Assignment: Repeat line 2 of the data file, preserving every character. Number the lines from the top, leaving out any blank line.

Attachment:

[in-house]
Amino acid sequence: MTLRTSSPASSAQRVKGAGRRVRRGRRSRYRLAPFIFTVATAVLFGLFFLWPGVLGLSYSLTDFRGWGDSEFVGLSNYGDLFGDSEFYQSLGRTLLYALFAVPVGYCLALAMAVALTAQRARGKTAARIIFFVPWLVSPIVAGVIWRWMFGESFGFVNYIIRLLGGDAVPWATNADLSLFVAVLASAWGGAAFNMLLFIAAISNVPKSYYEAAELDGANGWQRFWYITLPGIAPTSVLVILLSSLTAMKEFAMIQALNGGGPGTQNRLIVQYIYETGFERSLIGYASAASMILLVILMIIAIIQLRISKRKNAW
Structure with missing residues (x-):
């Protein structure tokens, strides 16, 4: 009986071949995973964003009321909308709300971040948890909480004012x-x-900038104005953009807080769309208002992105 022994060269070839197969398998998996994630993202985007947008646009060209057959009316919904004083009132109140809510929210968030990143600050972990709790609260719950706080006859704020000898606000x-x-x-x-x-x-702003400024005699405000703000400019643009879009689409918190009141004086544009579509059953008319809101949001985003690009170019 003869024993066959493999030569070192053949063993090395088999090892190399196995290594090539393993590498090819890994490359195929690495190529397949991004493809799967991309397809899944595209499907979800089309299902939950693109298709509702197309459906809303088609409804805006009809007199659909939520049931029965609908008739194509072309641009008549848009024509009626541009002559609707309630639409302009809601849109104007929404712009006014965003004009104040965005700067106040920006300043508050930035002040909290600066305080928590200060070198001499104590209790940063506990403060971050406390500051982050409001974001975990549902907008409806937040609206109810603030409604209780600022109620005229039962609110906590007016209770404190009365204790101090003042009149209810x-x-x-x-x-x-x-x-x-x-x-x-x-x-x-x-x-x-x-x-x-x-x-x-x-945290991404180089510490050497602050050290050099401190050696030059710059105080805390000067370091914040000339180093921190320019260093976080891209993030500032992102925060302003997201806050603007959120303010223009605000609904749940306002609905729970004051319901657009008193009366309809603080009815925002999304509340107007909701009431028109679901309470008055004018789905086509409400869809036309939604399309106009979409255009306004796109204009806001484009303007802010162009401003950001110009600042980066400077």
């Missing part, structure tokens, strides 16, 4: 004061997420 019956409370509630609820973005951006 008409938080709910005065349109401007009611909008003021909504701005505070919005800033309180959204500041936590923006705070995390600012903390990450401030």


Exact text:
Amino acid sequence: MTLRTSSPASSAQRVKGAGRRVRRGRRSRYRLAPFIFTVATAVLFGLFFLWPGVLGLSYSLTDFRGWGDSEFVGLSNYGDLFGDSEFYQSLGRTLLYALFAVPVGYCLALAMAVALTAQRARGKTAARIIFFVPWLVSPIVAGVIWRWMFGESFGFVNYIIRLLGGDAVPWATNADLSLFVAVLASAWGGAAFNMLLFIAAISNVPKSYYEAAELDGANGWQRFWYITLPGIAPTSVLVILLSSLTAMKEFAMIQALNGGGPGTQNRLIVQYIYETGFERSLIGYASAASMILLVILMIIAIIQLRISKRKNAW